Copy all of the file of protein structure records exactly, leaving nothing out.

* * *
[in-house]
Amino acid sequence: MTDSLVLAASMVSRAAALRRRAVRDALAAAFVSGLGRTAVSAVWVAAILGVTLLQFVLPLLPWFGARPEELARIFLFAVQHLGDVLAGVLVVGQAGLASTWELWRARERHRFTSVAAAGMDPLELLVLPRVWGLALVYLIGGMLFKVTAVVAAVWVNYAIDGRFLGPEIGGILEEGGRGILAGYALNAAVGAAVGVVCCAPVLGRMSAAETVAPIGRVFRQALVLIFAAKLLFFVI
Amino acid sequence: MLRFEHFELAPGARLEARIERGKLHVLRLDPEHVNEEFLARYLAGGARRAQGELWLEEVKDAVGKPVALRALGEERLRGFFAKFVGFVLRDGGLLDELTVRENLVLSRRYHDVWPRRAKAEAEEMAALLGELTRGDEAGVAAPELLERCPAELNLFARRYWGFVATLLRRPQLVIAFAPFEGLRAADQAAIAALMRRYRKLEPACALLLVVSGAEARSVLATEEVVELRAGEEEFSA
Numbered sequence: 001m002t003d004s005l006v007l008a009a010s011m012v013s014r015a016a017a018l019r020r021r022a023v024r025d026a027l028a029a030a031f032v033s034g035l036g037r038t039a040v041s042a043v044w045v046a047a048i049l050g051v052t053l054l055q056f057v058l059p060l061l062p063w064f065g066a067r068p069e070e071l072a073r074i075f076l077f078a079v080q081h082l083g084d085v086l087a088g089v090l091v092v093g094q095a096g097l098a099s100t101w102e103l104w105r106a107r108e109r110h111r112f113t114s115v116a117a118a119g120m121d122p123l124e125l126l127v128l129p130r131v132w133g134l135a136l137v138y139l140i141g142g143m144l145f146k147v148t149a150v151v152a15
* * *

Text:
[in-house]
Amino acid sequence: MTDSLVLAASMVSRAAALRRRAVRDALAAAFVSGLGRTAVSAVWVAAILGVTLLQFVLPLLPWFGARPEELARIFLFAVQHLGDVLAGVLVVGQAGLASTWELWRARERHRFTSVAAAGMDPLELLVLPRVWGLALVYLIGGMLFKVTAVVAAVWVNYAIDGRFLGPEIGGILEEGGRGILAGYALNAAVGAAVGVVCCAPVLGRMSAAETVAPIGRVFRQALVLIFAAKLLFFVI
Amino acid sequence: MLRFEHFELAPGARLEARIERGKLHVLRLDPEHVNEEFLARYLAGGARRAQGELWLEEVKDAVGKPVALRALGEERLRGFFAKFVGFVLRDGGLLDELTVRENLVLSRRYHDVWPRRAKAEAEEMAALLGELTRGDEAGVAAPELLERCPAELNLFARRYWGFVATLLRRPQLVIAFAPFEGLRAADQAAIAALMRRYRKLEPACALLLVVSGAEARSVLATEEVVELRAGEEEFSA
Numbered sequence: 001m002t003d004s005l006v007l008a009a010s011m012v013s014r015a016a017a018l019r020r021r022a023v024r025d026a027l028a029a030a031f032v033s034g035l036g037r038t039a040v041s042a043v044w045v046a047a048i049l050g051v052t053l054l055q056f057v058l059p060l061l062p063w064f065g066a067r068p069e070e071l072a073r074i075f076l077f078a079v080q081h082l083g084d085v086l087a088g089v090l091v092v093g094q095a096g097l098a099s100t101w102e103l104w105r106a107r108e109r110h111r112f113t114s115v116a117a118a119g120m121d122p123l124e125l126l127v128l129p130r131v132w133g134l135a136l137v138y139l140i141g142g143m144l145f146k147v148t149a150v151v152a15